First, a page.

What I'm Reading (No. 47): Missoula + remembering Michael Crichton
I finished Jon Krakauer's latest book, Missoula, which ended up seeming more important to me than it got credit for.
I'm also remembering one of my favorite authors of all-time: Michael Crichton. Last month (which is when I meant to do this, but oh well) marked 10 years since the famed author died at just 66 years old. I've read all of his books at least once, and am in the midst of going back through his entire canon again.
This week I've actually mostly been reading The Giver series by Lois Lowry. It's our December book club read. I'm starting the fourth and final book today, and it's been totally absorbing to say the least.
Missoula by Jon Krakauer
After finishing Missoula this week, I've now read all of Krakauer's books, and they're all superb. Over time, he's gone from outdoors writer (Into Thin Air, Into the Wild, Eiger Dreams) to investigative journalist (Where Men Win Glory, Under the Banner of Heaven). Krakauer continued in that vein with this important, especially timely look at rape and the justice system.
He does this by looking particularly at the University of Montana in Missoula, and a number of rape victims who were students there. These were perfectly "ordinary" rape cases (it feels wrong to use that word in relation to that crime . . .), and through Krakauer's interviewing and relaying of court proceedings, the reader sees exactly why many women don't come forward right away, if at all.
Most sexual assault is in fact perpetuated by assailants who are at least semi-familiar to the victim. And frankly, the entire justice system — from detectives, to prosecutors, to whitewashed and uncomfortable nurse's offices — is slanted against those victims. This is especially true on college campuses, where experimentation and drinking are rather common, and it's harder to suss out the truth. When it comes to other crimes, victims are always assumed to be telling the truth. When it comes to rape, that narrative becomes flip-flopped for some reason.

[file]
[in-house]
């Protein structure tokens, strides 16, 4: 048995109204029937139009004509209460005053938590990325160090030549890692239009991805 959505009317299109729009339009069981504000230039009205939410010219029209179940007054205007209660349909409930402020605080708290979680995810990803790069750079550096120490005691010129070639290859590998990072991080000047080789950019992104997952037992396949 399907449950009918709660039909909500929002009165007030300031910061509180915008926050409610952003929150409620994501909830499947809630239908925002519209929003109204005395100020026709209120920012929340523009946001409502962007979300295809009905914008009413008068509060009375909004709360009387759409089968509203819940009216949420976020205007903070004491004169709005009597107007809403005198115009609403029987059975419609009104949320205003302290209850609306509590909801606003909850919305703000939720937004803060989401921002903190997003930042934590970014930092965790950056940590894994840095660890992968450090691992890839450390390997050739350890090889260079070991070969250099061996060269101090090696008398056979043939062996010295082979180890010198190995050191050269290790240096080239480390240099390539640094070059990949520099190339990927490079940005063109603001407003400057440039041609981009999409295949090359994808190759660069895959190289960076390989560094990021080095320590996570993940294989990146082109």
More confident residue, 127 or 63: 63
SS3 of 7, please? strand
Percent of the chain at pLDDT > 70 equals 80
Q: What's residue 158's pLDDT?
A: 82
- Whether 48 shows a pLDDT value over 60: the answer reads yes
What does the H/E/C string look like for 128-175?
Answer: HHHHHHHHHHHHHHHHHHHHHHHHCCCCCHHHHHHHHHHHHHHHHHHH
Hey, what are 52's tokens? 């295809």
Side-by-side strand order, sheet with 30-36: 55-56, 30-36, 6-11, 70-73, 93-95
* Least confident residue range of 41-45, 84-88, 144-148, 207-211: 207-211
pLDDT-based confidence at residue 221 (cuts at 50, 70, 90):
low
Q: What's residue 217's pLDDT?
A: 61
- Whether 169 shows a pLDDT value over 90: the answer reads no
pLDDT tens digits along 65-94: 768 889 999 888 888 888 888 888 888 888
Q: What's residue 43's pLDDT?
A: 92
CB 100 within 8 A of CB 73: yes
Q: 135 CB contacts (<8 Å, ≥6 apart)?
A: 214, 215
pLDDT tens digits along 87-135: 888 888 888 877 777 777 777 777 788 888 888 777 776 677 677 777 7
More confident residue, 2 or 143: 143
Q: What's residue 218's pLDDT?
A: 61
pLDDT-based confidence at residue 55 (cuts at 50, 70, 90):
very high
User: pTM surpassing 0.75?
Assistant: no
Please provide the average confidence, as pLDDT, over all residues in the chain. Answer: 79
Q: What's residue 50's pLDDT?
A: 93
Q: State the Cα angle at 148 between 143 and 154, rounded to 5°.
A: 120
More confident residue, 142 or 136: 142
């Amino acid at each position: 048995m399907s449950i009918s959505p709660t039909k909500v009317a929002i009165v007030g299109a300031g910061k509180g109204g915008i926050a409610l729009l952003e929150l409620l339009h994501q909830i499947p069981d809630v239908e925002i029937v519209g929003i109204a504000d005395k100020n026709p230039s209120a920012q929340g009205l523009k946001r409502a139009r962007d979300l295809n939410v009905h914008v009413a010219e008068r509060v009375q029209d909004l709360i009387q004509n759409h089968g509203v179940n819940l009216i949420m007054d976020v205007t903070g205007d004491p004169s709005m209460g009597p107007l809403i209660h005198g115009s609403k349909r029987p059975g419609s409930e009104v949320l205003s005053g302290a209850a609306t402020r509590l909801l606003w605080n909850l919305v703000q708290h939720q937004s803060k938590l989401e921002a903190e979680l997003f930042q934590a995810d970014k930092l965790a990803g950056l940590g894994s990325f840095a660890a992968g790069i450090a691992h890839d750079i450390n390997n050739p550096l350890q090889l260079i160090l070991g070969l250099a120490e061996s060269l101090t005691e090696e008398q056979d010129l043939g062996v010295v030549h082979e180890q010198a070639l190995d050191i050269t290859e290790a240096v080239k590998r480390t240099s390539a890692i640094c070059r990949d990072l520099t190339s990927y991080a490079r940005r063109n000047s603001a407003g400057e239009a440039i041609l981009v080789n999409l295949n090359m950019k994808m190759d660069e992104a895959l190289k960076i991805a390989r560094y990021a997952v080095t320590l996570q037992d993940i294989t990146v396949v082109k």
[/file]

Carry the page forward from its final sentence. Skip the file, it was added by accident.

This felt like an especially important read as a man and as a father. How will I protect and inform my daughter about this cultural epidemic? How will I teach my son about consent? How can I have more compassion and understanding for women who've been raped/assaulted?
I'm actually surprised this book didn't re-emerge a bit after the #MeToo movement gained steam. It certainly should have. As fans of his will know, Krakauer's reporting is as objective as can be with this subject matter. Yes, it's a stinging rebuke of the justice system, but not in an opiniony/editorial way. He's clearly a journalist who's just reporting the facts based on years of research on interviews.
Missoula was a hard read (including some graphic details of rape), but an important one. It felt like a veil had been lifted about what the justice system does to victims of one of the most traumatizing experiences a person can have.
Remembering Michael Crichton
"As a pop novelist, he was divine. A Crichton book was a headlong experience driven by a man who was both a natural storyteller and fiendishly clever when it came to verisimilitude; he made you believe that cloning dinosaurs wasn't just over the horizon but possible tomorrow. Maybe today." —Stephen King, upon Crichton's death
Michael Crichton was not an author who was ever going to win literary prizes. Techno-thrillers just don't do that. And yet, Crichton so deftly combined science and speculation and intense whodunnit mystery into his writing that he's on another plane altogether when it comes to guilty pleasure reading. And to this day, no author that I've encountered has gripped me in the way that Crichton's books did and still continue to do, even after multiple readings.
As mentioned above, he was just 66 years old when he died in November 2008. He has 30+ works to his name, and that's just books. He also wrote TV and movie scripts, and in 1994 held the distinction of being credited with the #1 book (Disclosure), movie (Jurassic Park), and TV show (ER) in America.
I strongly urge you to even just glance at his Wikipedia page to see his body of work. It's tremendous. And makes me terribly sad he didn't live another 20 years to crank out another handful of great books.
To end, I'll leave you with my 5 favorite Crichton works (in no particular order):
Really, they're all great. Give him a shot if you haven't already.
That's all for me this week! What are you reading and enjoying? I'd love to hear, as always.